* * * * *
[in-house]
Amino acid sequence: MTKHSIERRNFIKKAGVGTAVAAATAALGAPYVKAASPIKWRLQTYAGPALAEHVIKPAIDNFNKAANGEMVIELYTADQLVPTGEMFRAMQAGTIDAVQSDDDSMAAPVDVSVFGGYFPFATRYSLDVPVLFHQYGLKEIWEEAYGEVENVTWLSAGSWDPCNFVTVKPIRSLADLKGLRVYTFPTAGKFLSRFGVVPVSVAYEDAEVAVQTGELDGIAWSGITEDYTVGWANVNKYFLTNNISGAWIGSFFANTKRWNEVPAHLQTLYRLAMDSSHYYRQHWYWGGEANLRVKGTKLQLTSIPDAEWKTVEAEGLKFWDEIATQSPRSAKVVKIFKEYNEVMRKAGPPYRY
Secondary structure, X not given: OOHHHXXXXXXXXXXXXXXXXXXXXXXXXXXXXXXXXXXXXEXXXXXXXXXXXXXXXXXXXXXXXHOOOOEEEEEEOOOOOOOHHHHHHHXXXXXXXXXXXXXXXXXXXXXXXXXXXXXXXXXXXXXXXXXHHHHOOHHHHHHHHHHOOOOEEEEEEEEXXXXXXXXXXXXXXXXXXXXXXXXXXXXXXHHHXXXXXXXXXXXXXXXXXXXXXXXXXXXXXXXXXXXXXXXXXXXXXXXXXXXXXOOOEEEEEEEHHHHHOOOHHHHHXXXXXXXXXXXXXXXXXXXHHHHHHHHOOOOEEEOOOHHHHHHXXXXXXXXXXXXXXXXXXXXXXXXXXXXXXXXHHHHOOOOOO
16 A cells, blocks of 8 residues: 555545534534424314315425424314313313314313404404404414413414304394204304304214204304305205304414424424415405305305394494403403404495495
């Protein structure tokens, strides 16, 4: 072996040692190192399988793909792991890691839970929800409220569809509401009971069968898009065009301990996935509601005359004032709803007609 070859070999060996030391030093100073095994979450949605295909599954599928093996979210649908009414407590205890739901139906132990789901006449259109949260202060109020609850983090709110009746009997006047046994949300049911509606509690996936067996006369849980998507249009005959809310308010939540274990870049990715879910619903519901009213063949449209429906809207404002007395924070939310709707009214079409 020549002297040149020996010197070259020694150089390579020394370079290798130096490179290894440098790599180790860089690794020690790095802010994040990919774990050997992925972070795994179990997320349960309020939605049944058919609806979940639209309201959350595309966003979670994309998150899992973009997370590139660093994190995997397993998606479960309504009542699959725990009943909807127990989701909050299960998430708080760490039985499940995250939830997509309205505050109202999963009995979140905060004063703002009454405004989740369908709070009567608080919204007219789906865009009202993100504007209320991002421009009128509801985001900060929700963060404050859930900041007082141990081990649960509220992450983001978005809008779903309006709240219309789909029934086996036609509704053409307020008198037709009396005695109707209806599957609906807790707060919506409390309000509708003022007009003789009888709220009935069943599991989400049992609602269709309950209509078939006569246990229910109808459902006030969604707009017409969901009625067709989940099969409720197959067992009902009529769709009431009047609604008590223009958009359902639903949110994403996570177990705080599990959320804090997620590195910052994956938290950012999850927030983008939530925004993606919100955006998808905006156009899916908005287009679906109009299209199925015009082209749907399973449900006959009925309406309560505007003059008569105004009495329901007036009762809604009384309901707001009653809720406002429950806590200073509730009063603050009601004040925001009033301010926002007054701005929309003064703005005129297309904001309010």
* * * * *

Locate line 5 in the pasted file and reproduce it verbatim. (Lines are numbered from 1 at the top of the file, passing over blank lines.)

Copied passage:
């Protein structure tokens, strides 16, 4: 072996040692190192399988793909792991890691839970929800409220569809509401009971069968898009065009301990996935509601005359004032709803007609 070859070999060996030391030093100073095994979450949605295909599954599928093996979210649908009414407590205890739901139906132990789901006449259109949260202060109020609850983090709110009746009997006047046994949300049911509606509690996936067996006369849980998507249009005959809310308010939540274990870049990715879910619903519901009213063949449209429906809207404002007395924070939310709707009214079409 020549002297040149020996010197070259020694150089390579020394370079290798130096490179290894440098790599180790860089690794020690790095802010994040990919774990050997992925972070795994179990997320349960309020939605049944058919609806979940639209309201959350595309966003979670994309998150899992973009997370590139660093994190995997397993998606479960309504009542699959725990009943909807127990989701909050299960998430708080760490039985499940995250939830997509309205505050109202999963009995979140905060004063703002009454405004989740369908709070009567608080919204007219789906865009009202993100504007209320991002421009009128509801985001900060929700963060404050859930900041007082141990081990649960509220992450983001978005809008779903309006709240219309789909029934086996036609509704053409307020008198037709009396005695109707209806599957609906807790707060919506409390309000509708003022007009003789009888709220009935069943599991989400049992609602269709309950209509078939006569246990229910109808459902006030969604707009017409969901009625067709989940099969409720197959067992009902009529769709009431009047609604008590223009958009359902639903949110994403996570177990705080599990959320804090997620590195910052994956938290950012999850927030983008939530925004993606919100955006998808905006156009899916908005287009679906109009299209199925015009082209749907399973449900006959009925309406309560505007003059008569105004009495329901007036009762809604009384309901707001009653809720406002429950806590200073509730009063603050009601004040925001009033301010926002007054701005929309003064703005005129297309904001309010």